Who suffers the impacts of poor air quality?
Who decides how urban spaces are shared and what they are for?
Who has the power to improve the situation?
Everyone wants to breathe clean air, but what are the technical and social solutions?
Throughout Spring-Summer 2022, York St John University students from over ten different academic subjects are collaborating to investigate the problems and solutions of poor air quality, both in the area around the university - specifically the junction of Lord Mayor’s Walk and Gillygate - and worldwide.
Funded by the university’s Institute for Social Justice, this experimental, interdisciplinary ‘Living Lab’ approach to education allows students to learn through collaboration with the aim of tackling real problems in the campus environment.
Students from all kinds of subject areas work together, contributing relevant and important skills:
- Geographers bring their understanding of the politics of space;
- Biochemists their knowledge of the health impacts of particulate matter;
- Performers and artists their ability to express the embodied experience of living in particular urban spaces;
- Linguists and designers their gift for persuasion;
- Social scientists their focus on global health inequalities.
The students and staff of the ‘Living Lab’ invite the public to this interactive panel event including short performances, citizen science activities and mini talks exploring air quality, health inequalities, and the kind of future they envision for York’s public spaces.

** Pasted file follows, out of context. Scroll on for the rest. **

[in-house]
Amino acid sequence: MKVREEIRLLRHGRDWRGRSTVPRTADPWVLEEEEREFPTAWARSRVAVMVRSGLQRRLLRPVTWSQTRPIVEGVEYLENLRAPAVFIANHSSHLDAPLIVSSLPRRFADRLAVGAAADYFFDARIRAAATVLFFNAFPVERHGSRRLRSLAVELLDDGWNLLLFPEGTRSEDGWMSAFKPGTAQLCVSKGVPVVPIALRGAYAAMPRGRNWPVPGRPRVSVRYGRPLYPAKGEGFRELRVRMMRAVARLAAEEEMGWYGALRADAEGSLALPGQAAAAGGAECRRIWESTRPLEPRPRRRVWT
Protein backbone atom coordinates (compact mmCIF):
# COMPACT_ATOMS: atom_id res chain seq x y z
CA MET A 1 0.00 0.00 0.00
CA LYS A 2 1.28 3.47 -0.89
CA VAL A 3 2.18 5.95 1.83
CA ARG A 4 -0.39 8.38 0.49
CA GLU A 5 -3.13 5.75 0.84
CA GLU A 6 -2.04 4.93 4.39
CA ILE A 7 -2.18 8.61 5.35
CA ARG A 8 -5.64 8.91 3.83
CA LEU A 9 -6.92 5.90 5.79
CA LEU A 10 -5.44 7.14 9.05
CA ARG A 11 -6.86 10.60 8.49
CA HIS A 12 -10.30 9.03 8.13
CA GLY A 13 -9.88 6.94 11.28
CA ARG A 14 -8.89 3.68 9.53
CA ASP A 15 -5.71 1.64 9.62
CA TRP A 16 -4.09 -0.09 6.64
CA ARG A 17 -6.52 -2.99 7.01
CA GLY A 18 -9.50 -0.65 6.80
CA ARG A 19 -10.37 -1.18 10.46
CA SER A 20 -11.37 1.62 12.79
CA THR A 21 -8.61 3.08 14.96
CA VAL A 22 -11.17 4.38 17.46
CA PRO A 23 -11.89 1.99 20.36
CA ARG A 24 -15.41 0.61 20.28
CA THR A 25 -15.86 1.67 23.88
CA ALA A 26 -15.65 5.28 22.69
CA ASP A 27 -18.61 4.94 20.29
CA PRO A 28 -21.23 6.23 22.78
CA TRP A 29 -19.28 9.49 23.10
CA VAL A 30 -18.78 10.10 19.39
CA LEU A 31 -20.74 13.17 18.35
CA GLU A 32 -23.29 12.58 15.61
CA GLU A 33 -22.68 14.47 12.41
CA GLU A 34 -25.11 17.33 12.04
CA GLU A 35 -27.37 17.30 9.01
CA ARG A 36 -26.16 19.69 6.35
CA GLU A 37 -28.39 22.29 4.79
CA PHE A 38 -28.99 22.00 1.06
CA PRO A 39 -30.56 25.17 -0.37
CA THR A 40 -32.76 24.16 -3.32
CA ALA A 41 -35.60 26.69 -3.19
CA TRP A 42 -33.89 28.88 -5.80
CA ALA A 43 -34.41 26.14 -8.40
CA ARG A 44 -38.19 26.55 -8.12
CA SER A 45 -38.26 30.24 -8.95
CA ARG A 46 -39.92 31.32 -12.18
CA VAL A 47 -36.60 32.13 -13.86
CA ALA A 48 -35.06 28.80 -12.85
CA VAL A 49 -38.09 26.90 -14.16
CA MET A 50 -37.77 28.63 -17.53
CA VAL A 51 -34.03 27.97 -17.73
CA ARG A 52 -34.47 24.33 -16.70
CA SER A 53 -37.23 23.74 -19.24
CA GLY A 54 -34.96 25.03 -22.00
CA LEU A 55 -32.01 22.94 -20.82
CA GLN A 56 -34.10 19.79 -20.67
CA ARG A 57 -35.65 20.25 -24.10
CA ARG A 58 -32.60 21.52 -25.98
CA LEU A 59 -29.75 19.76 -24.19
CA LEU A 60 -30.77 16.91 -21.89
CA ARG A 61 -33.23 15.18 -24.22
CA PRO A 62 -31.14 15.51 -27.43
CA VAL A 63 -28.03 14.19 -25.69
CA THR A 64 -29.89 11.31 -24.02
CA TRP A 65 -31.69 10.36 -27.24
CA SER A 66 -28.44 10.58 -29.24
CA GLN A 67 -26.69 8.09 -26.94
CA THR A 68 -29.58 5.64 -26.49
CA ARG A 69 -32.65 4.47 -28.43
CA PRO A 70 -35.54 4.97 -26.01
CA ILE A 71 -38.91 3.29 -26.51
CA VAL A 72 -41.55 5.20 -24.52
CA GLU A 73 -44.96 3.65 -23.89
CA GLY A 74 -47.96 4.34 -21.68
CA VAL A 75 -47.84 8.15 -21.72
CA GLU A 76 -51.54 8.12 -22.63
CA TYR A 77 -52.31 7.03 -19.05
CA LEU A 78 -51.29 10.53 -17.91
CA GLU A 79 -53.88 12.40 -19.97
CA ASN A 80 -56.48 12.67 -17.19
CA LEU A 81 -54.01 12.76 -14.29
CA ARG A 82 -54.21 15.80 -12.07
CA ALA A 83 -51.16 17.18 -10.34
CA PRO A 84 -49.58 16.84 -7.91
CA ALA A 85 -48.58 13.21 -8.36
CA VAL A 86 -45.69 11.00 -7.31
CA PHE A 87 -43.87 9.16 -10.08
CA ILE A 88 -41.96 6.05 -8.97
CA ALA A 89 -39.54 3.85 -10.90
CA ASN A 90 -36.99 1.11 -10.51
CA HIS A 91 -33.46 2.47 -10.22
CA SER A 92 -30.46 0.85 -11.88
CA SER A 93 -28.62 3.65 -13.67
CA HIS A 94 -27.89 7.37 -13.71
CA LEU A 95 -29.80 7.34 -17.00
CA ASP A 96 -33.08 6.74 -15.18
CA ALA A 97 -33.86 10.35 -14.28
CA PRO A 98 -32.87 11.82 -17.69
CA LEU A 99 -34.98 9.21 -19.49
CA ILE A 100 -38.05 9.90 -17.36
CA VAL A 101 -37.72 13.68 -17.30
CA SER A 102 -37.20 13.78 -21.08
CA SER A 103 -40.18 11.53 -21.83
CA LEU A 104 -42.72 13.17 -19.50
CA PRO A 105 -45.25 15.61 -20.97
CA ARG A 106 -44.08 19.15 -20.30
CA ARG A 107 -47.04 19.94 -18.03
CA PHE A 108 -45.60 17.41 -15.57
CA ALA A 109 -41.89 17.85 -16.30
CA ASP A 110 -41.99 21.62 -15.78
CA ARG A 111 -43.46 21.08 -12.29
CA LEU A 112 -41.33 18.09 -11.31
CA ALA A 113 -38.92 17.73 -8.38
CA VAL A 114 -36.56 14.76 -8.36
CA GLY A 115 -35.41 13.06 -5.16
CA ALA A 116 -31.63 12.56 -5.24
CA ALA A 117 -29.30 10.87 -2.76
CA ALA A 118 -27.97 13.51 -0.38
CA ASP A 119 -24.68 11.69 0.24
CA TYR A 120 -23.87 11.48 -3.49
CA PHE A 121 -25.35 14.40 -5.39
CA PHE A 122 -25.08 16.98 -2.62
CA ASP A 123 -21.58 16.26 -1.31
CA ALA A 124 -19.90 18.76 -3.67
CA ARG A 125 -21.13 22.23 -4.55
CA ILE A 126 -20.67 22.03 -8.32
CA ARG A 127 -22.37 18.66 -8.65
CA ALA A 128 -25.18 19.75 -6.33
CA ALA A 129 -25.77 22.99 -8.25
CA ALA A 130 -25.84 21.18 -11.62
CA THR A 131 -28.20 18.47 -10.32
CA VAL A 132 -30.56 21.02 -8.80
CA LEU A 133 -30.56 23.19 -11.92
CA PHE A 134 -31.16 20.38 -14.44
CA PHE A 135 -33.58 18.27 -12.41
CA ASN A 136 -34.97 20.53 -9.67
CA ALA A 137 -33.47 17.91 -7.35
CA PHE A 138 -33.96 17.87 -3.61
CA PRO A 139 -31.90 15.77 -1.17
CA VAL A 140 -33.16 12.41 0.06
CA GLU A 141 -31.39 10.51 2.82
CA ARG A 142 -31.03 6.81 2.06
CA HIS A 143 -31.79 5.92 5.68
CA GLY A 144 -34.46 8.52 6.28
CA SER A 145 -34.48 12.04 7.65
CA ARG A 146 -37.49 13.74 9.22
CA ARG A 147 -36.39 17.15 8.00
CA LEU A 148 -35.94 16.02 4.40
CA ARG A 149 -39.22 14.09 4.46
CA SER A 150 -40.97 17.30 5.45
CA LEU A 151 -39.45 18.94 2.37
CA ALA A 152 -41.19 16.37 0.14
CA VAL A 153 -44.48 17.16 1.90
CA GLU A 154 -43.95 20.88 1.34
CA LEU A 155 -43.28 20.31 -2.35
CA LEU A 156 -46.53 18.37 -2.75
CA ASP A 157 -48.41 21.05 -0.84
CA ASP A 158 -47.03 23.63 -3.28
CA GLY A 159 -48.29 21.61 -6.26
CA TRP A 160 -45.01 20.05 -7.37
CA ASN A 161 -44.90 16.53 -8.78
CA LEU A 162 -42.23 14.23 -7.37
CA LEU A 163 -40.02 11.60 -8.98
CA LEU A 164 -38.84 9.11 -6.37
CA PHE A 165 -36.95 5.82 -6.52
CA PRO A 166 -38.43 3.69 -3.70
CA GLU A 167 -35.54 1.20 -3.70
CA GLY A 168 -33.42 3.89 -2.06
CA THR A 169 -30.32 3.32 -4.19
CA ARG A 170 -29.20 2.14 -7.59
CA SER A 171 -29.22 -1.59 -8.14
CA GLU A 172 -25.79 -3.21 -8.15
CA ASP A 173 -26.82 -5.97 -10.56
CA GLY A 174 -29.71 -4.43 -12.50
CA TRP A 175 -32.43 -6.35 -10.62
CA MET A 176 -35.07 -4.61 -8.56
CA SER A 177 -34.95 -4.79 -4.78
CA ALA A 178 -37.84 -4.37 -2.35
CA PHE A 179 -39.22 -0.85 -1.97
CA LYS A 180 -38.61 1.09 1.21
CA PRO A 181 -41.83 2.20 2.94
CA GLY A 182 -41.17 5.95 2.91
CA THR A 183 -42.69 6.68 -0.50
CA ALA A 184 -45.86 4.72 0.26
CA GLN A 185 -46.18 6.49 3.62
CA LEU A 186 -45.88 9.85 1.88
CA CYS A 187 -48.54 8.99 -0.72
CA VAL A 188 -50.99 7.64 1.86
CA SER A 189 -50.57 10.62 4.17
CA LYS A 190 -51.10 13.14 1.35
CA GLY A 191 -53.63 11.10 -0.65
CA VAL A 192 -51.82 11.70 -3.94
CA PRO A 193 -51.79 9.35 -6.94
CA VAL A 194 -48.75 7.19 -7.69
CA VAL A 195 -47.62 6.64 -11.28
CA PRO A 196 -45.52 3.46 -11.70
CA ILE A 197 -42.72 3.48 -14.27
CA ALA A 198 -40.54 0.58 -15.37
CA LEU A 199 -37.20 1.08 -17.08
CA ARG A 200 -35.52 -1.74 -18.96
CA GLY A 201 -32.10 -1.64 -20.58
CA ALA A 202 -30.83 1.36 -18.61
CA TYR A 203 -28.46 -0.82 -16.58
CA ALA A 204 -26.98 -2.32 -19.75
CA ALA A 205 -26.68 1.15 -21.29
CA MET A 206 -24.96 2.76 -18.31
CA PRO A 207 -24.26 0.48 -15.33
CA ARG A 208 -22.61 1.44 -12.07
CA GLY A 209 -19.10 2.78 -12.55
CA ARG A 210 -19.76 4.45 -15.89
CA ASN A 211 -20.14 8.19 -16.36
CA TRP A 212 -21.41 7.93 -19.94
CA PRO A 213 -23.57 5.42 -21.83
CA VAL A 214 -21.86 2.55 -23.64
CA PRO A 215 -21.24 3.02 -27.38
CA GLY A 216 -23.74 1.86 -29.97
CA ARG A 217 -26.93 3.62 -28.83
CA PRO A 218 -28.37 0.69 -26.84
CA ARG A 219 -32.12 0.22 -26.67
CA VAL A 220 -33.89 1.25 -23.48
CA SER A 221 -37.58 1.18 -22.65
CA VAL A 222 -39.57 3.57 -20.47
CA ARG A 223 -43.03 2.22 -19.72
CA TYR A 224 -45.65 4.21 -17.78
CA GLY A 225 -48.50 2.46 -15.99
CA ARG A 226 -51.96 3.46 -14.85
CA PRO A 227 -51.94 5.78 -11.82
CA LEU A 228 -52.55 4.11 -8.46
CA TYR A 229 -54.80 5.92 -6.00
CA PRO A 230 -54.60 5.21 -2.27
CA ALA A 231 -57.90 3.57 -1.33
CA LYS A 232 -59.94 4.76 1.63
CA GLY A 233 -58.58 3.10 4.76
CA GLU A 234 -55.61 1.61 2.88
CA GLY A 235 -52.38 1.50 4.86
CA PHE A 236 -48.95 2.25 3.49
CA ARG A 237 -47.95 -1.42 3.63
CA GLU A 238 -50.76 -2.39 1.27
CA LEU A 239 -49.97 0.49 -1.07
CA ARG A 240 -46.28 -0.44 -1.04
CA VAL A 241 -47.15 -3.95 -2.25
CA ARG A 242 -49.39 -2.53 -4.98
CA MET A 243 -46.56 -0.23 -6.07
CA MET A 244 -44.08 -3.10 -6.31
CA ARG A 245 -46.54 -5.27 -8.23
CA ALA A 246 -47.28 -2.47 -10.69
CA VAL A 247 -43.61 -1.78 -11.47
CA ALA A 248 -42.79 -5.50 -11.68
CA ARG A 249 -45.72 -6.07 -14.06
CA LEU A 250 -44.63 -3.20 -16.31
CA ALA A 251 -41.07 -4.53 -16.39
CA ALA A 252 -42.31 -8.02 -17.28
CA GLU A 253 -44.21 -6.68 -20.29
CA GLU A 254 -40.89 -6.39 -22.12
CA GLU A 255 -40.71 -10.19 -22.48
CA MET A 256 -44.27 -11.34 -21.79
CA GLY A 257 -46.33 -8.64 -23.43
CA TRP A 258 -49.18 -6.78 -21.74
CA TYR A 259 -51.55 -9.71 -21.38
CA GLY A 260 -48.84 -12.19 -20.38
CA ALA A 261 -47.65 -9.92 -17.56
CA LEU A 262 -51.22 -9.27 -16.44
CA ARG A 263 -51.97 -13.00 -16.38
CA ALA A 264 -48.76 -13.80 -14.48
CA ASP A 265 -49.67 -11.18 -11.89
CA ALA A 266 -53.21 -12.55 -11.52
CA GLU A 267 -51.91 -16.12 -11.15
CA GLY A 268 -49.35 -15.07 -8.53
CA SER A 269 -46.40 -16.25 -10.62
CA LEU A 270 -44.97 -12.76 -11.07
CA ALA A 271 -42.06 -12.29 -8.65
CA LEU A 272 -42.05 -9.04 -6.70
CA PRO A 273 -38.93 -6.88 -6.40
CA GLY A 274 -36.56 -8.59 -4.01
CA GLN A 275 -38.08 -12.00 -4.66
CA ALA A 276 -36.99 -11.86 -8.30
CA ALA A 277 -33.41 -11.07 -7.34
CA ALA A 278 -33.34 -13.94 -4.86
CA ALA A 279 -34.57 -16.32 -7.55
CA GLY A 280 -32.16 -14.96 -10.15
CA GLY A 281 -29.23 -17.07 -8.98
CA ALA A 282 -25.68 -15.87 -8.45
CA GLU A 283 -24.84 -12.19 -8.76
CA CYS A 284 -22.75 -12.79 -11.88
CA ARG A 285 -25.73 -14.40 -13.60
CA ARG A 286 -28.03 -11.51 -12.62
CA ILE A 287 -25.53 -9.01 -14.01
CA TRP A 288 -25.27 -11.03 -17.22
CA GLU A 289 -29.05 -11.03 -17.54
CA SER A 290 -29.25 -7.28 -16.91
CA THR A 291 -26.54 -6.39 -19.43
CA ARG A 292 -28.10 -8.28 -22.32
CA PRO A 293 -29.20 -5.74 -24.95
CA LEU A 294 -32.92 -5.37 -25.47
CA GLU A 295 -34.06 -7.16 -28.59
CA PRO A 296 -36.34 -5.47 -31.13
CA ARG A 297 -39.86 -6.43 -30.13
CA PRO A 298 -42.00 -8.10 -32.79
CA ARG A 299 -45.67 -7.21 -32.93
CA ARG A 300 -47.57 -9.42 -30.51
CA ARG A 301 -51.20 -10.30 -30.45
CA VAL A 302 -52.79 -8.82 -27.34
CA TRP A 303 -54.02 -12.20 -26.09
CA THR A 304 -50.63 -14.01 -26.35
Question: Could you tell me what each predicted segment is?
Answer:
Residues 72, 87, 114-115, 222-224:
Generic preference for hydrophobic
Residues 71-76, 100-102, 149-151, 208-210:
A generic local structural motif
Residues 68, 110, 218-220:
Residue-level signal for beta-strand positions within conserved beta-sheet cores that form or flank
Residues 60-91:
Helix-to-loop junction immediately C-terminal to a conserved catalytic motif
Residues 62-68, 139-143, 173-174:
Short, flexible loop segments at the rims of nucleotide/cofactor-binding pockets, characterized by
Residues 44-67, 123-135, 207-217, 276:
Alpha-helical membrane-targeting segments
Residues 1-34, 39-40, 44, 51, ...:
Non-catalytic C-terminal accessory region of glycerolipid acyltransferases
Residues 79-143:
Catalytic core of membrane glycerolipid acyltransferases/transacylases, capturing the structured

Working together with the university’s Estates department and City of York Council, this event is not just a way of sharing knowledge with others in the city, but of advocating for change.
Image credit: © Luke Porter
About the speakers
The Ecological Justice Research Group is an energetic, supportive and diverse group of staff and postgraduate researchers, representing all five of the university’s academic Schools and several Professional Services departments. Located within the university’s Institute for Social Justice, the Ecological Justice Research Group aims to develop research and teaching practice that intertwines the social and ecological dimensions of justice. They are particularly active in pedagogical research that informs the university’s approach to preparing students for lives and careers in an era of climate emergency. Although only recently formed, members of the group have already held an Inaugural Symposium (Nov 2021) and been awarded funding for pedagogical research: a pilot project experimenting with the concept of 'Living Labs'.